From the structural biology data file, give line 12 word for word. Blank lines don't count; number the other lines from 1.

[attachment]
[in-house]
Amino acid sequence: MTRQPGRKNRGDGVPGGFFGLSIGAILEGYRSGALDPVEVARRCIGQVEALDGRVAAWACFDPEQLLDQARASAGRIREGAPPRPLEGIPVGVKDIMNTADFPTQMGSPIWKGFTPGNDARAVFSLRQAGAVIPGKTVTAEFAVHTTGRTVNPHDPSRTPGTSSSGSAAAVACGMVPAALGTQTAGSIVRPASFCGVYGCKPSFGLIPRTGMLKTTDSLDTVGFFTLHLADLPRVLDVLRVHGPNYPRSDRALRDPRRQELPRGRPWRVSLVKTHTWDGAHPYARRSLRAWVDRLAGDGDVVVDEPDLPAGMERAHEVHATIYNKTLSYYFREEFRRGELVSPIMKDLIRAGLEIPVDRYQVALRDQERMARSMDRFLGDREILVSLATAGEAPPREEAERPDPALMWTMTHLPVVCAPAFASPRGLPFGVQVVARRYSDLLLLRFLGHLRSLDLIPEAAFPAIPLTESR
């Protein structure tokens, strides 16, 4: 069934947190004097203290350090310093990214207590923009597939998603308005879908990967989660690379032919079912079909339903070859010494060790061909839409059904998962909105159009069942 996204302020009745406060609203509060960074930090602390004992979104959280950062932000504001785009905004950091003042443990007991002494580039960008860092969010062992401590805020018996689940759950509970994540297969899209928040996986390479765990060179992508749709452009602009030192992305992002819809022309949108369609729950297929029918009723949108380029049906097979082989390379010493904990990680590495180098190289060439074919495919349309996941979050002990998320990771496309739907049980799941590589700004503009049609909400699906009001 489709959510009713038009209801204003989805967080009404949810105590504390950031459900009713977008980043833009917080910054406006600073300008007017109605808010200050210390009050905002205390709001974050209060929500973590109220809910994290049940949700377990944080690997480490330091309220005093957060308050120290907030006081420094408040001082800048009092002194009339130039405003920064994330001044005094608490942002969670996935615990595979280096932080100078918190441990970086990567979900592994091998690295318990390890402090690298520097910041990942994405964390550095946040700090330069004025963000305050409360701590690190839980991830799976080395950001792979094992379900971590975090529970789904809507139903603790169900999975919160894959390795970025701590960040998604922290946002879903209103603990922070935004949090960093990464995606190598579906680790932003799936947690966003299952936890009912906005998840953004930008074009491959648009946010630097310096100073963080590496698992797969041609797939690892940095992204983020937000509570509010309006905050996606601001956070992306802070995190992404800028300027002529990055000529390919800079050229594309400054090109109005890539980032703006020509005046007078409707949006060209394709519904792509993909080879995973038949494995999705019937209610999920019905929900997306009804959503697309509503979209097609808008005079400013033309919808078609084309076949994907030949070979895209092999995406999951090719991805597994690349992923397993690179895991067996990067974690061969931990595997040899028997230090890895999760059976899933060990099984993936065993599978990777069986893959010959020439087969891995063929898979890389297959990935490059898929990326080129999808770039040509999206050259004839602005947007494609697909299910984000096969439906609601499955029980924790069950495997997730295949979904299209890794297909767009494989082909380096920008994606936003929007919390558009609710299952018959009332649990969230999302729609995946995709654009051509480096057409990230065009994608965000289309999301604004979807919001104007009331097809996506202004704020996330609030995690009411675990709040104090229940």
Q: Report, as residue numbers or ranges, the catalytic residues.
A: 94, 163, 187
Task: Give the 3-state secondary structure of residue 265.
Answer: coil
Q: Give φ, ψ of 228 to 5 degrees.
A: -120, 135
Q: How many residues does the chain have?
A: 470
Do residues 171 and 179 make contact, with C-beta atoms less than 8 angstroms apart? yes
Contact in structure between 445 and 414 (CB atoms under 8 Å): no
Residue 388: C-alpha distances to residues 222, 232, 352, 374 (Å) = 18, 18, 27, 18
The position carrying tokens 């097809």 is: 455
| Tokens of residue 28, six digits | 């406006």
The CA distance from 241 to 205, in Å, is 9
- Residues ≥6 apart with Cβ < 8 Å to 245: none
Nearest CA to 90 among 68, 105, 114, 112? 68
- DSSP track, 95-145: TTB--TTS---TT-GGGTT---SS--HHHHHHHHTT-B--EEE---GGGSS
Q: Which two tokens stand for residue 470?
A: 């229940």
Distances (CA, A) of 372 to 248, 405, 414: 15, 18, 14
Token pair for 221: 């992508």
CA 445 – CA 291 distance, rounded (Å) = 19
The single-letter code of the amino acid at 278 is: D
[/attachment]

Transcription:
Do residues 171 and 179 make contact, with C-beta atoms less than 8 angstroms apart? yes